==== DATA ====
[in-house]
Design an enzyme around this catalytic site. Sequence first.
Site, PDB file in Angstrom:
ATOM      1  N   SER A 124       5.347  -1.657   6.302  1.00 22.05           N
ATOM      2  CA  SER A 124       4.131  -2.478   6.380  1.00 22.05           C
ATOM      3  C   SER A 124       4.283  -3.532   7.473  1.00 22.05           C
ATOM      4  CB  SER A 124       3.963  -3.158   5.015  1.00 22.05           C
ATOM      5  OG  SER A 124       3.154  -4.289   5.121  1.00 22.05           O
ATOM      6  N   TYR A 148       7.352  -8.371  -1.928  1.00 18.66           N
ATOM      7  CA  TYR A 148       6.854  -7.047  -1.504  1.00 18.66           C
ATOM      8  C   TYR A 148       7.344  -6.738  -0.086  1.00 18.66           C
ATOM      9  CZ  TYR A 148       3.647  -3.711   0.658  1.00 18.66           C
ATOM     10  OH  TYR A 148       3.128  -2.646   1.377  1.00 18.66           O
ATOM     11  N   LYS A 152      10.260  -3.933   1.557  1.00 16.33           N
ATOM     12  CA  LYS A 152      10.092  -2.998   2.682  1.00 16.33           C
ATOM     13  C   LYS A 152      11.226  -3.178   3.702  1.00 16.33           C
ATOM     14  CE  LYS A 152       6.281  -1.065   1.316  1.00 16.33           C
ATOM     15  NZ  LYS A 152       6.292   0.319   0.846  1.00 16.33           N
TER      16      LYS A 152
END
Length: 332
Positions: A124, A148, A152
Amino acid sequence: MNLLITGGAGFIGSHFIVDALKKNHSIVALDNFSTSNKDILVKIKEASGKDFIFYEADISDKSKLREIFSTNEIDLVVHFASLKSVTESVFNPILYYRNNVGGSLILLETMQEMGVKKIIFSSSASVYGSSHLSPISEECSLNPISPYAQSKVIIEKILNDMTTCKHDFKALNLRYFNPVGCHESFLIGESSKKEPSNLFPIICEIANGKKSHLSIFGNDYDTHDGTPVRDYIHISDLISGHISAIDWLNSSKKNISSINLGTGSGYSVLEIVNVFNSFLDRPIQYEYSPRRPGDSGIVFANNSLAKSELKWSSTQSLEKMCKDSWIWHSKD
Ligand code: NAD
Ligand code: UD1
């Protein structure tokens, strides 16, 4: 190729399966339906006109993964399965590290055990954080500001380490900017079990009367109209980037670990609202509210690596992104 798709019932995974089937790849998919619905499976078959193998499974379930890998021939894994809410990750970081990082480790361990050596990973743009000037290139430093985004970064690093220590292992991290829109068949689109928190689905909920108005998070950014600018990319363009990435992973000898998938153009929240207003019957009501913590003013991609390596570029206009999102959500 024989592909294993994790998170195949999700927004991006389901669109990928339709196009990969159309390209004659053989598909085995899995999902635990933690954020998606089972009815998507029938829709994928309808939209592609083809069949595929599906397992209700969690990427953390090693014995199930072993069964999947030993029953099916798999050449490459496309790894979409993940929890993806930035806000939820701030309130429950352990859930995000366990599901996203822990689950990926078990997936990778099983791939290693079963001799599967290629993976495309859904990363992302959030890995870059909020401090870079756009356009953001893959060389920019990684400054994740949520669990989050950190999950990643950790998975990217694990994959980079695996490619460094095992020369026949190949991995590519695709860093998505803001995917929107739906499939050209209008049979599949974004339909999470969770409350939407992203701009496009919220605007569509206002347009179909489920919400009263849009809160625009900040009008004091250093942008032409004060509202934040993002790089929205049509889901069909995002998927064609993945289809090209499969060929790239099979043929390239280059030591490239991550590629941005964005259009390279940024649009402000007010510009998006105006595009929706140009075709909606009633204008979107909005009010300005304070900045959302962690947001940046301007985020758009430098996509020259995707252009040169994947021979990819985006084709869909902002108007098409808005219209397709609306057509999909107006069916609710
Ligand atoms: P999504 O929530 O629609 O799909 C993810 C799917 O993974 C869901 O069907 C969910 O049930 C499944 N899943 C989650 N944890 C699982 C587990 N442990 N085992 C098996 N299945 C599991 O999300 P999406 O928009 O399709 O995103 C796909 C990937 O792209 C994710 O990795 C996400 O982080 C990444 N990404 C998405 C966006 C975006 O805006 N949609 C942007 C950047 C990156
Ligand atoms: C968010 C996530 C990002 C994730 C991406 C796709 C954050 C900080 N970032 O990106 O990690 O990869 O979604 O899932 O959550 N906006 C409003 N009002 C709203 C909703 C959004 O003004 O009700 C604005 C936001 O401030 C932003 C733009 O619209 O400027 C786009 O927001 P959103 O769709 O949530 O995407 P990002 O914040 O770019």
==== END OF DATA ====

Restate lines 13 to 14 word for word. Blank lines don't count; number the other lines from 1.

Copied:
ATOM     10  OH  TYR A 148       3.128  -2.646   1.377  1.00 18.66           O
ATOM     11  N   LYS A 152      10.260  -3.933   1.557  1.00 16.33           N